CAMP CREEK — Guardrails will be installed at the edges of both sides of the median on an eight-mile stretch of I-77 near Camp Creek that has been the scene of 12 fatalities during the last two and a half years.
Greg Barr, general manager of the West Virginia Parkways Authority, said placing the guardrails is the final planned step in trying to make the area safer. They should be installed by the end of September or early October.
“Our engineering team announced they had completed their analysis of the median area between mile makers 20 and 28 in the Camp Creek area,” he said, adding that it was a comprehensive analysis and review of safety issues. “They have recommended we install guardrails along the median in both directions, north and southbound. They (vehicles) cross over in both directions, going up and down that hill.”
Crossing the median into the other lanes has resulted in several deaths in that area, including a family of four from North Carolina killed by a tractor-trailer in April 2017.
That tragedy prompted an investigation into safety issues, especially with tractor-trailers, which were involved in nine of 12 fatalities since the fall of 2016 in that area. A steep hill and sharp curve are in that stretch.
Two Parkways Authority employees who were working beside the road were killed last year at milepost 22 after an out-of-control tractor trailers plowed into them.
Engineers analyzed each crash, the terrain, the time of day, witness statements, police reports, the condition of the vehicles, the reasons the crash happened and what could have been in place to prevent it.
Barr said several changes have been made because of that investigation and include lowering the speed limit from 70 to 60 in that area, installing flashing chevrons warning motorists of the curve, installing changeable message boards, increasing State Police enforcement and adding an extra Public Service Commission enforcement officer to deal primarily with truck traffic, including safety inspections.
Faulty brakes have been blamed in at least two of the fatal crashes.
Barr said the new steel guardrails have been tested to absorb crashes, even from many trucks. “You see them on all major roads throughout the country.”
Other barriers were considered, including cables and even concrete.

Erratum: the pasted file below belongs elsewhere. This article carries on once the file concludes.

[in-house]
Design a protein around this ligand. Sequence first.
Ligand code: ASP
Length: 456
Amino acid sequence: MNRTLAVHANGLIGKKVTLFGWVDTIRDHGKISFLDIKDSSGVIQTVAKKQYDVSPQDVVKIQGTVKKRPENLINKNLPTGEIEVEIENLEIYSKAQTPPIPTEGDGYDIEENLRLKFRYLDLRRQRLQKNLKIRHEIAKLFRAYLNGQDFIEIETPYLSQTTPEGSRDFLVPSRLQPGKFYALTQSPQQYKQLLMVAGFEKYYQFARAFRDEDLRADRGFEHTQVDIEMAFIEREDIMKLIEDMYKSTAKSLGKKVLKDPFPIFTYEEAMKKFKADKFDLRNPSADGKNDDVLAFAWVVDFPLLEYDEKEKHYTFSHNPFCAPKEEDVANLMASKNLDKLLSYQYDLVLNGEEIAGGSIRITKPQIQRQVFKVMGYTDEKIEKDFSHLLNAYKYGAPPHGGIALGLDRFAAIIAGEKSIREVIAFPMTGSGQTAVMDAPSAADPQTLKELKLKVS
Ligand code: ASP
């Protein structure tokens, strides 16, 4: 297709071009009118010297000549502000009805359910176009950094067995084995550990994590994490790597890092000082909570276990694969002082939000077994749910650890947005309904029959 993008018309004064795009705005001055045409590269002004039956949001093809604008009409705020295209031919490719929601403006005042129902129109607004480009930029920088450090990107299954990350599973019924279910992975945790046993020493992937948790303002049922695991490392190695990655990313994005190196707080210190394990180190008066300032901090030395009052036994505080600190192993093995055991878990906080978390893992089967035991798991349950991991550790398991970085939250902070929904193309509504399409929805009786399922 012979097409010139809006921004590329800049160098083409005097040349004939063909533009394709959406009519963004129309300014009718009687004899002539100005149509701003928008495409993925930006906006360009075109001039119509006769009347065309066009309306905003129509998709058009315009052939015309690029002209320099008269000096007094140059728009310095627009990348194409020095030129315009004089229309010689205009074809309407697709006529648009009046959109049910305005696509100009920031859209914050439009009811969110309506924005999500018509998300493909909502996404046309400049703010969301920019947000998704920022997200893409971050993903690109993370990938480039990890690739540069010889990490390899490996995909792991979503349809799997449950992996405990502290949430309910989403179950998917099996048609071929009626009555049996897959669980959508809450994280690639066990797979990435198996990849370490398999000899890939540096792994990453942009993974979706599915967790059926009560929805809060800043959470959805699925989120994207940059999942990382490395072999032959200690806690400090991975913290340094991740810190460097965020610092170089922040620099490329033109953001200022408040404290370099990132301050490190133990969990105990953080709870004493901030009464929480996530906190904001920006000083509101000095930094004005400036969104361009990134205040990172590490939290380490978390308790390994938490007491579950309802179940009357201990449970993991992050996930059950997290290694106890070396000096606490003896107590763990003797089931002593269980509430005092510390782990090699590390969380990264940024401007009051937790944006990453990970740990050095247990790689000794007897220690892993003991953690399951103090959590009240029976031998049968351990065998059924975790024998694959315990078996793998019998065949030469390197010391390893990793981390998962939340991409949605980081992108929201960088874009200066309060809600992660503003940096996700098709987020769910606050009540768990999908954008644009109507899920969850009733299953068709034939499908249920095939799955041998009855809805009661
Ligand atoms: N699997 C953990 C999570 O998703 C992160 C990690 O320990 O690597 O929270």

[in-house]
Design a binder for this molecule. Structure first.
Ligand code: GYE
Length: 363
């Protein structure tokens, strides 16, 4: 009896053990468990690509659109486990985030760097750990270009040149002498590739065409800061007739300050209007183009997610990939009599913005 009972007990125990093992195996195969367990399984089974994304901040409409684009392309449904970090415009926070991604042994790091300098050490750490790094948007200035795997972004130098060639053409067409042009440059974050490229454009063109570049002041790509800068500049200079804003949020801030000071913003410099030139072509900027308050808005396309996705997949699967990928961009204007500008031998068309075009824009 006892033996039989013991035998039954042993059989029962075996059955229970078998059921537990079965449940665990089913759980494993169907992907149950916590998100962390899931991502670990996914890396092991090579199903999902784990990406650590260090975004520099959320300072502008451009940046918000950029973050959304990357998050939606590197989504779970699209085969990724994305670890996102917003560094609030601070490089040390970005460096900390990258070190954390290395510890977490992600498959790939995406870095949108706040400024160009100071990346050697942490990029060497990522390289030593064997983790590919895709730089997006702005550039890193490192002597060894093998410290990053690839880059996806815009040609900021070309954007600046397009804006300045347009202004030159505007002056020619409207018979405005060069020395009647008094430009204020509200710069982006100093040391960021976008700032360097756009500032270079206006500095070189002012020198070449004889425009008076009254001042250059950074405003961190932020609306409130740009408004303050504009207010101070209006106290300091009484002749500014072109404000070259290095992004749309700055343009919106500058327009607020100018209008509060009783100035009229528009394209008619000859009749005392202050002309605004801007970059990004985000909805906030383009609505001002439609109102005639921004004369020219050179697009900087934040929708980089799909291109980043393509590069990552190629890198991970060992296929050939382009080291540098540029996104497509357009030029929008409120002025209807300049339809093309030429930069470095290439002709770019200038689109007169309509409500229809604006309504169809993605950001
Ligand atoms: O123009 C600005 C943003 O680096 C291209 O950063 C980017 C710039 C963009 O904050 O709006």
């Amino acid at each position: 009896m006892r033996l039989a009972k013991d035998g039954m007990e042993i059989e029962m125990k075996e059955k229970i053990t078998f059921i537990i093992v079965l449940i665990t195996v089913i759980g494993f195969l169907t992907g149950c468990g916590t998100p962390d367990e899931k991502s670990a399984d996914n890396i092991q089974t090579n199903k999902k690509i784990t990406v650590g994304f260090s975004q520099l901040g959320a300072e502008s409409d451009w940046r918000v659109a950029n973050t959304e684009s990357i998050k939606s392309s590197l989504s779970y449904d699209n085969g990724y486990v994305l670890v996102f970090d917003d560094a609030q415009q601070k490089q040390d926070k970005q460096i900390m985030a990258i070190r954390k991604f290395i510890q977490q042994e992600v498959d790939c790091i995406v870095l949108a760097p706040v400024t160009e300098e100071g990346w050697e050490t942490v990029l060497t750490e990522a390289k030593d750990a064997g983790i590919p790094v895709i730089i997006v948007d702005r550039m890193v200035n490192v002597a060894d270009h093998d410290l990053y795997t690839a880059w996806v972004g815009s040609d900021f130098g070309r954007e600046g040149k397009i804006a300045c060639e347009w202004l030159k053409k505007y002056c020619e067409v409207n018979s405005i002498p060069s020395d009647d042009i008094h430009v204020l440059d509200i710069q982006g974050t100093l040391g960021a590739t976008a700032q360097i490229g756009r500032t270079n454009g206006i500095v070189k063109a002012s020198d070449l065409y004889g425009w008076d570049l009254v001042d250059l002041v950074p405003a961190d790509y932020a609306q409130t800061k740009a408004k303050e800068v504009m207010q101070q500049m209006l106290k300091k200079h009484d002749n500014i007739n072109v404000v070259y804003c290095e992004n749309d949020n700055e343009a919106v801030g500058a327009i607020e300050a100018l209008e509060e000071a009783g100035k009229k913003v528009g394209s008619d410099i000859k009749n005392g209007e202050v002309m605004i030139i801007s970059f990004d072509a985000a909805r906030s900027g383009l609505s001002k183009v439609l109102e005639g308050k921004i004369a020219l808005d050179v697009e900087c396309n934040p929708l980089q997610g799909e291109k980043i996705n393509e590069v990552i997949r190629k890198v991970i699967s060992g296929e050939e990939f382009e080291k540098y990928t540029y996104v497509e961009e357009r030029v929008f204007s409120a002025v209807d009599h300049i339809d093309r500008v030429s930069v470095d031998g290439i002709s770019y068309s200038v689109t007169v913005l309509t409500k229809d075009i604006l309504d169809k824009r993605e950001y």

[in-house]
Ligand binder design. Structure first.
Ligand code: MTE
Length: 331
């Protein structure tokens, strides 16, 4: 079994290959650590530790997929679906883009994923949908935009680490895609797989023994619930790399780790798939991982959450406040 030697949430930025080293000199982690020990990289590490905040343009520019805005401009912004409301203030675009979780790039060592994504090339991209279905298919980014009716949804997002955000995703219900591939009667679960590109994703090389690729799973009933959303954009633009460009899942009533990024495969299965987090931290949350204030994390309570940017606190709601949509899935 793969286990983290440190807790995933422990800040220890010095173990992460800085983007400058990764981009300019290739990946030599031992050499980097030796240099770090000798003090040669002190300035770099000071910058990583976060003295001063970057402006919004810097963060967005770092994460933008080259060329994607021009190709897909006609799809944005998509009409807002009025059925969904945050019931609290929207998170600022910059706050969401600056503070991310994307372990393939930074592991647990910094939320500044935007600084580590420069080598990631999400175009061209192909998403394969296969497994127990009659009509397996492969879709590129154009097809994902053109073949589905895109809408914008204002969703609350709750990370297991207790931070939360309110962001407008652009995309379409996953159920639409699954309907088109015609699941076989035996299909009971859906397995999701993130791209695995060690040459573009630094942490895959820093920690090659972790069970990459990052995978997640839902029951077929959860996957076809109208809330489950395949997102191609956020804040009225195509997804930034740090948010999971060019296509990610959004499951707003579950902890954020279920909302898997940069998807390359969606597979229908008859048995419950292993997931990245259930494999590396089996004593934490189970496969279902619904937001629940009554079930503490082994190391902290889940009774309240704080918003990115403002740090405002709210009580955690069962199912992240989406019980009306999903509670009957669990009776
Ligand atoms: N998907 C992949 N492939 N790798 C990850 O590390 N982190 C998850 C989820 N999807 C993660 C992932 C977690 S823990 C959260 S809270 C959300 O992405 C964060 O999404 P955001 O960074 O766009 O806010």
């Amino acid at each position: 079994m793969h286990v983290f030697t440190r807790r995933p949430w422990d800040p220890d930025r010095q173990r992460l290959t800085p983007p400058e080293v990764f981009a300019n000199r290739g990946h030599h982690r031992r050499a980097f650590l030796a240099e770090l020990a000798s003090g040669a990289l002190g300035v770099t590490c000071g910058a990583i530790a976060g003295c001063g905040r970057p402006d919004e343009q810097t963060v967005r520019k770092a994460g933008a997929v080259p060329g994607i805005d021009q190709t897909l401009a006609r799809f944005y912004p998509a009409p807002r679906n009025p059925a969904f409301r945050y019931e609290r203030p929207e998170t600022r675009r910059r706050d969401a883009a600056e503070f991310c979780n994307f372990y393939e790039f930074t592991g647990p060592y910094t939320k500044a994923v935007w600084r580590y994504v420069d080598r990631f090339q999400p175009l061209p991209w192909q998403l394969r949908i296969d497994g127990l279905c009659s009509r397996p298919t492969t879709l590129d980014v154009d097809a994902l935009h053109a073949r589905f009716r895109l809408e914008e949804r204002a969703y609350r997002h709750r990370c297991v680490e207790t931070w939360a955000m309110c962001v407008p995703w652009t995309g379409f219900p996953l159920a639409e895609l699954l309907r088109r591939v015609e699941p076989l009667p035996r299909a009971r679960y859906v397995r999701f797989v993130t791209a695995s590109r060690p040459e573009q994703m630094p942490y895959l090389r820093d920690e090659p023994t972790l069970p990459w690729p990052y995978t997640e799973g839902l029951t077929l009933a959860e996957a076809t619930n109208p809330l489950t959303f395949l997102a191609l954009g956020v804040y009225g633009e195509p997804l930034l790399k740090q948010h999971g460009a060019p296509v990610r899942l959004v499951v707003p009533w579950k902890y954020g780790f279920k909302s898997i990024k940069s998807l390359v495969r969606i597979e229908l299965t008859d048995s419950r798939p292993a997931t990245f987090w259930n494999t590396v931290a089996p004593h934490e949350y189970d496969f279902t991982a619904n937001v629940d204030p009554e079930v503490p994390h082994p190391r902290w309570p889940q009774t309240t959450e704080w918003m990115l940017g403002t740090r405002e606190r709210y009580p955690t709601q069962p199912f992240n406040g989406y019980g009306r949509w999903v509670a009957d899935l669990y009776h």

“The cables have not been tested on trucks,” he said, adding that large concrete barriers may help stop large trucks but they are dangerous for most vehicles because they have no absorption, they don’t “give.”
Barr said nothing is available that can actually stop an 80,000-pound semi going 70 mph or more and out of control. “It’s a rocket.”
One safety measure considered but not adopted was adding a pull-off area or emergency ramp for trucks.
When engineers studied the details of the crashes, they saw the incidents happen in various areas, not just in one place, he said, so no specific place was found that would be effective.
Some people had suggested the speed limit should be lowered to 55 or even to 45 for trucks, but Barr said the speed limit change was recommended by traffic engineers and also involved federal guidelines.
“We are pleased to go down to 60,” he said. “They did not have to do that.”
Barr said when truck speeds are lowered too much it creates a discrepancy between vehicle speeds that poses dangers in and of itself.
Enforcement of the speed limit is the key, he said.
Sgt. T.A. Bowers with the West Virginia State Police Turnpike Detachment agrees and that’s the reason for the increased patrols in the area.
Those patrols are seeing results.
“There have been more speeding citations issued on that mountain,” he said. “We will continue patrolling it pretty heavily.”
Bowers said “it’s just a place where people need to watch their speed.”
Barr said the authority will also continue watching that stretch of I-77 to see how all the safety measures are working. They will also keep up with and examine any developments or advances in safety measures that may be of benefit.
The Parkways Authority Board of Directors will meet next month to consider bids on the installation of the guardrails, he said, adding that there should be a fast turnaround between approving a bid and starting the work, assuming an acceptable bid is submitted.
The project should be complete by early October at the latest.
“We are trying to do everything we can to make it safer,” Barr said.
— Contact Charles Boothe at email@example.com